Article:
Killed in an aeroplane accident

Not many workhouse boys can have risen to the heights of being an officer.

Oct 15th
Heard of the death of Frank Hopgood. He was a boarded out boy from Reading Union and had all his education at this school. Leaving at 13 yrs of age he went to work and at the commencement of the war joined up and went to France. He gained a Commission and as second-lieutenant was killed in an aeroplane accident at Faversham yesterday morning.

Log book of St Mary’s CE School, Speenhamland (C/EL119/3)

Added to the Earley prayer list

More men had joined up from Earley.


The following additional names have been added to our prayer list:

George Harper, Herbert Harper, Charles Young, Walter Burgess, Sam Hunt, Thomas Wilson, William Bright, Kenneth Comport, William Gardner, Cecil Gardner, Charles Ludgate, James Belson, James Belson junior, Richard Belson, John Brown, George Brown, George Cane, Isaac Mason, Everard Webster, Charles Lambourne, Walter Purver, Harry Rickards, Charles Hopgood.

In addition to those already mentioned, we especially commend the following to your prayers:

SICK: David Gwynne, Walter Bluring.
WOUNDED: Arthur Belson.
PRISONER OF WAR: Albert Gibbs.
KILLED IN ACTION: Arthur Palmer, Victor Burgess, William Bartlett.

Earley St Peter parish magazine, February 1917 (D/P191/28A/24)

The right sort

By December 1914 the village of Knowl Hill had given 76 young men to the armed forces. Now it faced the sober reality of the news that several had lost their lives.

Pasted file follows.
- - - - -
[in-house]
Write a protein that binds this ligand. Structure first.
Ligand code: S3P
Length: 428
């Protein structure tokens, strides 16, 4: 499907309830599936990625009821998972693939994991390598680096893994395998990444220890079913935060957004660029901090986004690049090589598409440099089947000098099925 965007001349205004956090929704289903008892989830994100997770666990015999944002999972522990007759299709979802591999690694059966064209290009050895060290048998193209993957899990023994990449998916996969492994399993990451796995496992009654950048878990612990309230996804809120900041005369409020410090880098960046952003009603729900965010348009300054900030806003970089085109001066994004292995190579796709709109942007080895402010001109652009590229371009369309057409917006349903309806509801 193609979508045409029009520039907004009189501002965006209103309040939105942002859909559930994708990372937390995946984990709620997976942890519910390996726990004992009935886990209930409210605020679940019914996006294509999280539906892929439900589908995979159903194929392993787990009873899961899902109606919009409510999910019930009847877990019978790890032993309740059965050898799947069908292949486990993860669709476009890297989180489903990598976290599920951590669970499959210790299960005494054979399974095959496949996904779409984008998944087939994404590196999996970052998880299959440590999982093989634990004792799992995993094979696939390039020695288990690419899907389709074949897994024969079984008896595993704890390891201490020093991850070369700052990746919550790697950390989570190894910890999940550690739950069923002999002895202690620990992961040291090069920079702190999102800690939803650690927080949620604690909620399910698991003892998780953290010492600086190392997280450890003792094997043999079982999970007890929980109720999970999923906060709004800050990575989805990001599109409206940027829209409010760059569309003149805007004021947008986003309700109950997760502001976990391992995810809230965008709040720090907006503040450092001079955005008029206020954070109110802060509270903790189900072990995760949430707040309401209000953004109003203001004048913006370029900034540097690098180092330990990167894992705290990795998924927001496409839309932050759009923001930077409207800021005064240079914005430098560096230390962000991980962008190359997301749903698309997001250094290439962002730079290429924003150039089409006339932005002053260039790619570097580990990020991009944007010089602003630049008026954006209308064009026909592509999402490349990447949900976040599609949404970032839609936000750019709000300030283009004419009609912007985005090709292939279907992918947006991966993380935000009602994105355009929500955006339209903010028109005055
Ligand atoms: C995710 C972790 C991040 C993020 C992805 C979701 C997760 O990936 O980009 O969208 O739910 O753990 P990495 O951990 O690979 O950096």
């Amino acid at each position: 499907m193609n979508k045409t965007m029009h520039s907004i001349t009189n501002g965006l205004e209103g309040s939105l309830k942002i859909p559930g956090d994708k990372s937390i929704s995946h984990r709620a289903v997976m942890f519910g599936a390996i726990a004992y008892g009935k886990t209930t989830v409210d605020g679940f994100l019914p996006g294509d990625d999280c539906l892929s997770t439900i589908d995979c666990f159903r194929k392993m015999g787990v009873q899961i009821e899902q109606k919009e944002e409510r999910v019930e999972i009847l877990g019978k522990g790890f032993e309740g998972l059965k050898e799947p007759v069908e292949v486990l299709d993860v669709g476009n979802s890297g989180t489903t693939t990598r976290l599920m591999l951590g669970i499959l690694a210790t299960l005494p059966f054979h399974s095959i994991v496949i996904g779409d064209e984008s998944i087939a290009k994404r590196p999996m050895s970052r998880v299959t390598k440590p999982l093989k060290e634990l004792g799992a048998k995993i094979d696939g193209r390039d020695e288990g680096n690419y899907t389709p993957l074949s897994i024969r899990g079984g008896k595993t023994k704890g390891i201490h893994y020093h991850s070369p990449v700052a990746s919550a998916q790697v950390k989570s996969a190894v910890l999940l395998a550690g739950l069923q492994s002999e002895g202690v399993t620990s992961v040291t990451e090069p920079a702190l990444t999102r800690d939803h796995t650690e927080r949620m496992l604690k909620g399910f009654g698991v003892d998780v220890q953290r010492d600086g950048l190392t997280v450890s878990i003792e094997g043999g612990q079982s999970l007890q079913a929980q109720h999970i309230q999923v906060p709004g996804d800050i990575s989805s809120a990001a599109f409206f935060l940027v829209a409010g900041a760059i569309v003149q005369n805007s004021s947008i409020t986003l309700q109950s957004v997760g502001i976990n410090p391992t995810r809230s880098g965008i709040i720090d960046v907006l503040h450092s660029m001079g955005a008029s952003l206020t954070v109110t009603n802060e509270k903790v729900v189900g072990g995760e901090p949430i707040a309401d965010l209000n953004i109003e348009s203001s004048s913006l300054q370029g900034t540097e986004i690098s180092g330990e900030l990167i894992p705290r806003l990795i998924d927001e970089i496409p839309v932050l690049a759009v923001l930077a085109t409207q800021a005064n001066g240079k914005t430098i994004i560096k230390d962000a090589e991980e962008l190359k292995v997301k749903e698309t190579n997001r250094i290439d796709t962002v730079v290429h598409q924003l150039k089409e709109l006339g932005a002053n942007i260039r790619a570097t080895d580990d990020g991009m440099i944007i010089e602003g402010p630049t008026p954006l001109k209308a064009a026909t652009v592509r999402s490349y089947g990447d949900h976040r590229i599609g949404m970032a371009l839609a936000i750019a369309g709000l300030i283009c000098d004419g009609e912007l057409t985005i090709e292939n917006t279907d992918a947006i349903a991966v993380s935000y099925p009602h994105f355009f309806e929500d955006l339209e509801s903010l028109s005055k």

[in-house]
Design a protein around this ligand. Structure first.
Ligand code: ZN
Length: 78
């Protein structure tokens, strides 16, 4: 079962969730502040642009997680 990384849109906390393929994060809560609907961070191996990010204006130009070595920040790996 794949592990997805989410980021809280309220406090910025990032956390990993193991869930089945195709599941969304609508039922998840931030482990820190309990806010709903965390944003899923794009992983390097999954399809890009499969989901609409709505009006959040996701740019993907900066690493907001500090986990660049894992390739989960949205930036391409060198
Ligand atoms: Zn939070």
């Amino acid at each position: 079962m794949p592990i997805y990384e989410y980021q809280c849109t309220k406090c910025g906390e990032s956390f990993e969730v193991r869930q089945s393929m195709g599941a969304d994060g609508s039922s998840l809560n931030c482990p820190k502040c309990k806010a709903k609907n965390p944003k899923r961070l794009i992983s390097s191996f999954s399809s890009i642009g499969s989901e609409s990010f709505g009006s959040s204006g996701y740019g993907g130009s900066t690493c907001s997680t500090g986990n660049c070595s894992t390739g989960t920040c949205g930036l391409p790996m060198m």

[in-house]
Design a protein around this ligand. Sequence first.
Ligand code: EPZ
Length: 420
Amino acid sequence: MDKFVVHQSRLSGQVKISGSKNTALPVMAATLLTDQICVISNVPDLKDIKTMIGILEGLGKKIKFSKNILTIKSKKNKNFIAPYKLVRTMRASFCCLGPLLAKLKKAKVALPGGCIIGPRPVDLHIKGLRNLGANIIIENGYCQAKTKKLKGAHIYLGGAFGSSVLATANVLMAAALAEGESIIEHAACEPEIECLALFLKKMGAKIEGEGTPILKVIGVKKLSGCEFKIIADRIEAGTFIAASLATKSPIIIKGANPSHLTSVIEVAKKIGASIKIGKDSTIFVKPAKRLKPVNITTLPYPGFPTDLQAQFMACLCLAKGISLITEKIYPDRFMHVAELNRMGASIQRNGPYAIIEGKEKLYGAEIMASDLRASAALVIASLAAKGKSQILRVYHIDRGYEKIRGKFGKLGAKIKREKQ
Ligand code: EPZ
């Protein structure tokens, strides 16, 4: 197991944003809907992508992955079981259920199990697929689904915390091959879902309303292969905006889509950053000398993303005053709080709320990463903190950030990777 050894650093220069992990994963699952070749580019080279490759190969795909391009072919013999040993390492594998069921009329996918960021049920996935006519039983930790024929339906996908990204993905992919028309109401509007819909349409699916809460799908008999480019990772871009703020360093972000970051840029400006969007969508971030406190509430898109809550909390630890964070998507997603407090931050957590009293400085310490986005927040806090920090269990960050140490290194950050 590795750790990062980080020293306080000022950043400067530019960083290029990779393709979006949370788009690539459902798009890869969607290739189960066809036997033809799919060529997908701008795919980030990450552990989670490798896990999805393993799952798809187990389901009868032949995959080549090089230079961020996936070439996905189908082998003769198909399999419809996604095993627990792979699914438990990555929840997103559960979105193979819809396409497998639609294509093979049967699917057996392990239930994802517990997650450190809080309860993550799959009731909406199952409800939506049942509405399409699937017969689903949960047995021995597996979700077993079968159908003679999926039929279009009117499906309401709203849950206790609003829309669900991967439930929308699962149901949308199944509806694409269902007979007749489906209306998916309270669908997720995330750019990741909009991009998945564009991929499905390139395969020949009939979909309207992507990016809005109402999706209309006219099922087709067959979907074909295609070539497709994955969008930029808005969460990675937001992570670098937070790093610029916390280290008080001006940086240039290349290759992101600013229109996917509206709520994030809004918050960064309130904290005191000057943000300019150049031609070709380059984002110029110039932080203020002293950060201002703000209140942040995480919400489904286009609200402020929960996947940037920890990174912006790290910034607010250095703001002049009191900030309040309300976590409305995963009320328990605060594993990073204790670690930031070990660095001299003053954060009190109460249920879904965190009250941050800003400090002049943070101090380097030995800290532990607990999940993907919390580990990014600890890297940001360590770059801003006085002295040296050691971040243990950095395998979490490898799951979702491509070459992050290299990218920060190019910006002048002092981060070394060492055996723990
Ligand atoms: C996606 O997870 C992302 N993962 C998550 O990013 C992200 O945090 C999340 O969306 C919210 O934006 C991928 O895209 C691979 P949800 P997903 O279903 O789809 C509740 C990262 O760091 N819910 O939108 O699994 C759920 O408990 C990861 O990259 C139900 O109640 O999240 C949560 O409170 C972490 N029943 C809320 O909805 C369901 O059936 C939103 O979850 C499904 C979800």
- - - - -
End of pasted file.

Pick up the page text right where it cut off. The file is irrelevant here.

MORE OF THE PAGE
Collections for Waifs and Strays Society at Evensong on the 20th, and on Christmas Day at the 7 a.m., 8.30 a.m., and 11 a.m. services. Like others this Society is making a special effort to be helpful at this terrible war time. It hopes to assist some orphan children.

We are much grieved to hear the news about the death of H. Woods, one of our soldiers at the front. We trust there may be some mistake, as there is as yet no official confirmation of the news. He would leave a widow and two little children, for whom we should all feel deep sympathy. We have also heard with deep regret of the death of Mr. Blackman’s soldier son, and of Oliver Reed, an able seaman, drowned when H.M.S “Good Hope” was sunk in the engagement off the Chilian Coast on Nov. 1st. Oliver Reed was a much liked and excellent footballer in this neighbourhood.

We are, alas only able to record this month the names of two new soldiers from our parish, Charles Hopgood and John Light, thus making our list 76; but these two are the right sort. Ought not our number to be at least 100? We hope the excellent letter sent to each household by the Parliamentary Recruiting Committee will be thoughtfully read. Putting off decision to do right is very fatal. The Vicar will most gladly lend the letter to any who may wish to read it.

Knowl Hill section of Wargrave parish magazine, December 1914 (D/P145/28A/31)